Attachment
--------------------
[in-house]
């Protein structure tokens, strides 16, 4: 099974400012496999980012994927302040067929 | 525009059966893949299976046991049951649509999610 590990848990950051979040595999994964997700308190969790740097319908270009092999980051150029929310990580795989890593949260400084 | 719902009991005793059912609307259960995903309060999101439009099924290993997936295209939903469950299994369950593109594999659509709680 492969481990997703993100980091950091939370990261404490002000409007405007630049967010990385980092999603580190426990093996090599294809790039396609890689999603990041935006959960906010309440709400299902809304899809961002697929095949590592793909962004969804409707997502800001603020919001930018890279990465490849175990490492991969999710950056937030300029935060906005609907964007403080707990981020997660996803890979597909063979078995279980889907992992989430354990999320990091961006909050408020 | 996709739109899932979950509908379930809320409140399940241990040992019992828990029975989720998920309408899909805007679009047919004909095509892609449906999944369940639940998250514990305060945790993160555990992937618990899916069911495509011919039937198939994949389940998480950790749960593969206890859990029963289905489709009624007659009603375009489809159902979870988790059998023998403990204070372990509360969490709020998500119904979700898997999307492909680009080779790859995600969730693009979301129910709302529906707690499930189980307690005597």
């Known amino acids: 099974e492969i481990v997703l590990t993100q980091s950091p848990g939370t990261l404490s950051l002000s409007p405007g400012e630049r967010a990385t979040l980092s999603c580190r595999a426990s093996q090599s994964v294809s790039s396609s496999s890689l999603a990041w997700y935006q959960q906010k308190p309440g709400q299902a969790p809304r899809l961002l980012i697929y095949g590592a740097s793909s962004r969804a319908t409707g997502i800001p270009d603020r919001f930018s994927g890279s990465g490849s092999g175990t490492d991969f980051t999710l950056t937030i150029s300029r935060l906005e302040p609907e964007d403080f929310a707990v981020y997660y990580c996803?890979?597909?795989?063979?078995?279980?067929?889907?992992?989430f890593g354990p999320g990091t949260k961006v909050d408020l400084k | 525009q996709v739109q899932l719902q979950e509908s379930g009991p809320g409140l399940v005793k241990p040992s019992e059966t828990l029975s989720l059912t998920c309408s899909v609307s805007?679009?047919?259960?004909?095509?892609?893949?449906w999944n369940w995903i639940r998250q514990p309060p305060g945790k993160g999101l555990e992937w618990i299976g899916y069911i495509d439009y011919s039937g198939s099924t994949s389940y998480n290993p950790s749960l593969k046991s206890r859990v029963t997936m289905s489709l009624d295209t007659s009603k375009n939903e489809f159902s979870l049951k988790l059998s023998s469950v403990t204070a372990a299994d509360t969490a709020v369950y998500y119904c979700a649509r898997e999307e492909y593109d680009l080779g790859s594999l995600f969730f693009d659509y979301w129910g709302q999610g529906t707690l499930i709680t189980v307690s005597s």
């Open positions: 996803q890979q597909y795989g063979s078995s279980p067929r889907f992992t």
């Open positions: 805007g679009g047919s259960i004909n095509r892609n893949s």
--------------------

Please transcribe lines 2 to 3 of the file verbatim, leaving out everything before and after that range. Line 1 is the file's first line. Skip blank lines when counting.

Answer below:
């Protein structure tokens, strides 16, 4: 099974400012496999980012994927302040067929 | 525009059966893949299976046991049951649509999610 590990848990950051979040595999994964997700308190969790740097319908270009092999980051150029929310990580795989890593949260400084 | 719902009991005793059912609307259960995903309060999101439009099924290993997936295209939903469950299994369950593109594999659509709680 492969481990997703993100980091950091939370990261404490002000409007405007630049967010990385980092999603580190426990093996090599294809790039396609890689999603990041935006959960906010309440709400299902809304899809961002697929095949590592793909962004969804409707997502800001603020919001930018890279990465490849175990490492991969999710950056937030300029935060906005609907964007403080707990981020997660996803890979597909063979078995279980889907992992989430354990999320990091961006909050408020 | 996709739109899932979950509908379930809320409140399940241990040992019992828990029975989720998920309408899909805007679009047919004909095509892609449906999944369940639940998250514990305060945790993160555990992937618990899916069911495509011919039937198939994949389940998480950790749960593969206890859990029963289905489709009624007659009603375009489809159902979870988790059998023998403990204070372990509360969490709020998500119904979700898997999307492909680009080779790859995600969730693009979301129910709302529906707690499930189980307690005597």
């Known amino acids: 099974e492969i481990v997703l590990t993100q980091s950091p848990g939370t990261l404490s950051l002000s409007p405007g400012e630049r967010a990385t979040l980092s999603c580190r595999a426990s093996q090599s994964v294809s790039s396609s496999s890689l999603a990041w997700y935006q959960q906010k308190p309440g709400q299902a969790p809304r899809l961002l980012i697929y095949g590592a740097s793909s962004r969804a319908t409707g997502i800001p270009d603020r919001f930018s994927g890279s990465g490849s092999g175990t490492d991969f980051t999710l950056t937030i150029s300029r935060l906005e302040p609907e964007d403080f929310a707990v981020y997660y990580c996803?890979?597909?795989?063979?078995?279980?067929?889907?992992?989430f890593g354990p999320g990091t949260k961006v909050d408020l400084k | 525009q996709v739109q899932l719902q979950e509908s379930g009991p809320g409140l399940v005793k241990p040992s019992e059966t828990l029975s989720l059912t998920c309408s899909v609307s805007?679009?047919?259960?004909?095509?892609?893949?449906w999944n369940w995903i639940r998250q514990p309060p305060g945790k993160g999101l555990e992937w618990i299976g899916y069911i495509d439009y011919s039937g198939s099924t994949s389940y998480n290993p950790s749960l593969k046991s206890r859990v029963t997936m289905s489709l009624d295209t007659s009603k375009n939903e489809f159902s979870l049951k988790l059998s023998s469950v403990t204070a372990a299994d509360t969490a709020v369950y998500y119904c979700a649509r898997e999307e492909y593109d680009l080779g790859s594999l995600f969730f693009d659509y979301w129910g709302q999610g529906t707690l499930i709680t189980v307690s005597s």